The Quest Smoke is entering a competitive market for a 32-inch hunting bow, and it actually stacks up with the competition fairly well. With an MSRP under $500, shooters one a budget will find a lot to love about the Smoke bow offered by Quest. Even shooters not on a budget will be surprised at how well the bow draws and shoots in the field. With an IBO rating of 320 feet per second, the bow could be a little quicker, but it is plenty of energy and speed for most hunting conditions. Designed with hunting in mind, the Smoke has everything needed to make a great hunting rig for new shooters, or those just looking to upgrade without breaking the bank.
Quest is introducing a new cosmetic finish to their line up of bows known as the Durafuse decorating process. The entire process leaves bows camo patterns looking more defined and is advertised to be a stronger, more durable option when compared to traditional dipping methods. Like other bows offered in the 2010 Quest lineup, the Smoke is available in the GFade TM pattern. This takes camo limbs and limb pockets and blends with a black riser leaving the middle section of the riser all black. This is really ideal for hunters for a couple of reasons. Most ground blinds work best with those inside the blind wearing black to blend in. However tree stand hunters often prefer a camo design to break up their outline a bit. The GFade option allows shooters to have the best of both worlds in a really great, unique looking offering.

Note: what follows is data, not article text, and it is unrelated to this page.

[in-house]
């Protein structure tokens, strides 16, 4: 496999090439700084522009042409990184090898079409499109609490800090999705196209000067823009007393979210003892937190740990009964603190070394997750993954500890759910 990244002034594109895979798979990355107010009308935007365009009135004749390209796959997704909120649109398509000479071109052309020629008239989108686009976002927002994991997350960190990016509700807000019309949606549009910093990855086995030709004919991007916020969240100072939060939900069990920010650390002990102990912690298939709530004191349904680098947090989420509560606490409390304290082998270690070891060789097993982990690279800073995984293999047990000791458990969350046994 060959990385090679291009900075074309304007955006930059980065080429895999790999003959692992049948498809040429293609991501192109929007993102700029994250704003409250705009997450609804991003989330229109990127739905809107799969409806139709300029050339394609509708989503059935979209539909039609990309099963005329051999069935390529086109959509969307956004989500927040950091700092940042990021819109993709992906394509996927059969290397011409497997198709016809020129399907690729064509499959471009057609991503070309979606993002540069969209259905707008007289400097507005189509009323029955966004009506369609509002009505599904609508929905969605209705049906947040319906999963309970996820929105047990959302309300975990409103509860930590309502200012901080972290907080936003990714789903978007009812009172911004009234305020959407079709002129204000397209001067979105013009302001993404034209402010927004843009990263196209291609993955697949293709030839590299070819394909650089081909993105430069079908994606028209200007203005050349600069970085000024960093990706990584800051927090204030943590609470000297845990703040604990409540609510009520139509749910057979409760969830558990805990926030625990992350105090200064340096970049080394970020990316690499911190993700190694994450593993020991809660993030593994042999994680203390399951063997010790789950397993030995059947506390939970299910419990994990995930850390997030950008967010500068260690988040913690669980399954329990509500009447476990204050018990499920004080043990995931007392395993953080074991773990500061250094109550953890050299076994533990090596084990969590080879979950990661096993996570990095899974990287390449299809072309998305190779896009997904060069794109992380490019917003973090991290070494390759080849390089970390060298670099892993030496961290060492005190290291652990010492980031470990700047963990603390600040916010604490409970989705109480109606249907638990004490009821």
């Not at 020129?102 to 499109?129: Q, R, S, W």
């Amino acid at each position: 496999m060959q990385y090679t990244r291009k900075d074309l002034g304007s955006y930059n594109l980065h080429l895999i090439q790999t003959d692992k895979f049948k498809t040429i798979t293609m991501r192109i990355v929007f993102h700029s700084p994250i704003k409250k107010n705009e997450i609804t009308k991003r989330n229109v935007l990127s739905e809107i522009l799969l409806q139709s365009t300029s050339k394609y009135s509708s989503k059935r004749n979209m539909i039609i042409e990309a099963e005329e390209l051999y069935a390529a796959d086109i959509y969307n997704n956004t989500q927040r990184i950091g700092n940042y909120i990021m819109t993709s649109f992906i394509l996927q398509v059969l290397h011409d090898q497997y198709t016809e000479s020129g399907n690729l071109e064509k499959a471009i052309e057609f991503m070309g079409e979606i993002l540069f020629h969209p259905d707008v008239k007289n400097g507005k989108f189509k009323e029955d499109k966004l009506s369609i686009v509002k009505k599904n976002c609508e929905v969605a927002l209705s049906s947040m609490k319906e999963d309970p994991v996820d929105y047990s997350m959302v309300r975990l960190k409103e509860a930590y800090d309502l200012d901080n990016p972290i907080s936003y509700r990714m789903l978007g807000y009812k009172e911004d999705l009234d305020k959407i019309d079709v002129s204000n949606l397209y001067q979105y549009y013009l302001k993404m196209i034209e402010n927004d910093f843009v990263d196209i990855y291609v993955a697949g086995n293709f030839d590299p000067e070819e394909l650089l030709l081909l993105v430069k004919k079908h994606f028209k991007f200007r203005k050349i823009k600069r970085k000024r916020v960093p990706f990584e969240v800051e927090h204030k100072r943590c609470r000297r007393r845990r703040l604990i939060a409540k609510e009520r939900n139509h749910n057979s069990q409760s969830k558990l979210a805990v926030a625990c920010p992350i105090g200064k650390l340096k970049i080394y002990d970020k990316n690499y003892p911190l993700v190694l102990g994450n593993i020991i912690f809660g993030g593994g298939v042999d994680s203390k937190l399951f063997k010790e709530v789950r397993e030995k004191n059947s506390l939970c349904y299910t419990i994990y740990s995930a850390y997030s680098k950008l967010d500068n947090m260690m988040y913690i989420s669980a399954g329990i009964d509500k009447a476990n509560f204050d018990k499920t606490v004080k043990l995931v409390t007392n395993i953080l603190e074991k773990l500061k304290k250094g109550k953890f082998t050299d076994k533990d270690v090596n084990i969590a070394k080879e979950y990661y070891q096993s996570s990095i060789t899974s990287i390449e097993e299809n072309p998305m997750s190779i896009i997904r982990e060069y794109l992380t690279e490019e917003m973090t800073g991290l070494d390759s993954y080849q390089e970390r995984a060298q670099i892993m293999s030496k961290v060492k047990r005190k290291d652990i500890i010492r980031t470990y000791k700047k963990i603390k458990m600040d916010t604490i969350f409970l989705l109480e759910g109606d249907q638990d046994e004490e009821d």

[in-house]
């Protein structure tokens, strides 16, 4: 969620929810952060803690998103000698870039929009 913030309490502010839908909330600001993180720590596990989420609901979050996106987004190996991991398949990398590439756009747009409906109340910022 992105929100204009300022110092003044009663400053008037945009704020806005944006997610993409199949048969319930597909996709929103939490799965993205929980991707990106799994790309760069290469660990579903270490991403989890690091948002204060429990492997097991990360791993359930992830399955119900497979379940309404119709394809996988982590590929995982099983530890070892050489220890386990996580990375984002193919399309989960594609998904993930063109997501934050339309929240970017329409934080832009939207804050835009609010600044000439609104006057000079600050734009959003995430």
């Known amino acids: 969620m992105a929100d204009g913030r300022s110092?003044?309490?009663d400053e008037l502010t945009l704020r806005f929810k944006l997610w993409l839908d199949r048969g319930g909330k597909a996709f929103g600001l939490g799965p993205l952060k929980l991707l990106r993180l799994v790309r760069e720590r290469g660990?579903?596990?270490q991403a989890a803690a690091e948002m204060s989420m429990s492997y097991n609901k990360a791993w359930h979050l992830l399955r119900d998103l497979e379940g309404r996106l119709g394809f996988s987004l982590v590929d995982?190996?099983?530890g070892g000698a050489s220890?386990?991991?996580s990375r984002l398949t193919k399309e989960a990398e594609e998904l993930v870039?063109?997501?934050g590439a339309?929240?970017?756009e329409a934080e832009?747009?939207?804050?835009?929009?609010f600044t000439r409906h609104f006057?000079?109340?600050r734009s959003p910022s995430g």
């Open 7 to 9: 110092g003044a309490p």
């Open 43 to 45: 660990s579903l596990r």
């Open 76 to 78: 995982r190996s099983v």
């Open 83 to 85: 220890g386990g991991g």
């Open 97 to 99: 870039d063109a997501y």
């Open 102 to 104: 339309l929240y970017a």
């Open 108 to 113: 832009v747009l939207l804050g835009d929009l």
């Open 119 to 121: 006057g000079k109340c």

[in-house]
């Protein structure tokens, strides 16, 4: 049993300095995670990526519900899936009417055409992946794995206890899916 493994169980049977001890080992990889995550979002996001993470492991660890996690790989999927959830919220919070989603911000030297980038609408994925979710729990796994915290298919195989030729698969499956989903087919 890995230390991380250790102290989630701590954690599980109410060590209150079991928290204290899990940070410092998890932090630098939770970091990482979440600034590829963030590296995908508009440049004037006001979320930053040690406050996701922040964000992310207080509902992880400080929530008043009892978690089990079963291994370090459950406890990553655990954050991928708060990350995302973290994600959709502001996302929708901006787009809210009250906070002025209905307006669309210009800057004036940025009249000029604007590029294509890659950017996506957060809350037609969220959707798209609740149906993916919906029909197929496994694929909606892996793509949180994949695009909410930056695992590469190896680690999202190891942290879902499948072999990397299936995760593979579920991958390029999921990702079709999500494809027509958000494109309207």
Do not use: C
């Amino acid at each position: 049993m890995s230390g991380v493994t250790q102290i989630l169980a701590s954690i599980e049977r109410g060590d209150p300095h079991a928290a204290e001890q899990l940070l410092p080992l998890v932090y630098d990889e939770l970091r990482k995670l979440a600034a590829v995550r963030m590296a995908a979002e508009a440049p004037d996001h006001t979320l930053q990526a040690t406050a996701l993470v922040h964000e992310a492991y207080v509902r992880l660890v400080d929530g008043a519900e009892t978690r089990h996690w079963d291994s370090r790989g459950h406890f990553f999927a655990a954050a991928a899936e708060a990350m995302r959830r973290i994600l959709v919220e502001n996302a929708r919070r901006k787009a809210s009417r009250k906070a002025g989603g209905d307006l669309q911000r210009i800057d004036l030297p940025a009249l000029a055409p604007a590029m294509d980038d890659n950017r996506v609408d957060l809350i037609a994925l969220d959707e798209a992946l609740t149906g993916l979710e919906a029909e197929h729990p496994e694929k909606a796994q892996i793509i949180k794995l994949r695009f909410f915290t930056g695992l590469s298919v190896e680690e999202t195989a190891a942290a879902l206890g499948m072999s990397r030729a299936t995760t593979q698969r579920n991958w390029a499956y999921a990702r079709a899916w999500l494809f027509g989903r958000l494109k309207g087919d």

The Smoke incorporates a forged aluminum riser as the stability for the bow. With a longer axel-to-axel measurement for a hunting rig, the riser also accounts for a bit more of the overall footprint as well. Longer risers often associate with a more stability and an easier hold on target as well. Just above the grip is a metal injected broad head shelf designed to add something between the shooters hand and the sharp blades of a broad head. This broad head shelf is functional, but hopefully not necessary. The Smoke is also equipped with a fully adjustable string stop system and a front mounting stabilizer bushing as well. The combination of the two really makes the vibration and noise virtually nonexistent.
The grip is side plated like other bows in the Quest lineup. It is tough for the grip to stand out, and the Smoke grip is not different. It is a fairly good mix of other style grips not being too big, but is far from small as well. The medium sized grip does make adjusting to the size easy for shooters despite what they have been previously used to as well. No matter what style shooters prefer, the Smoke grip should not be too far off.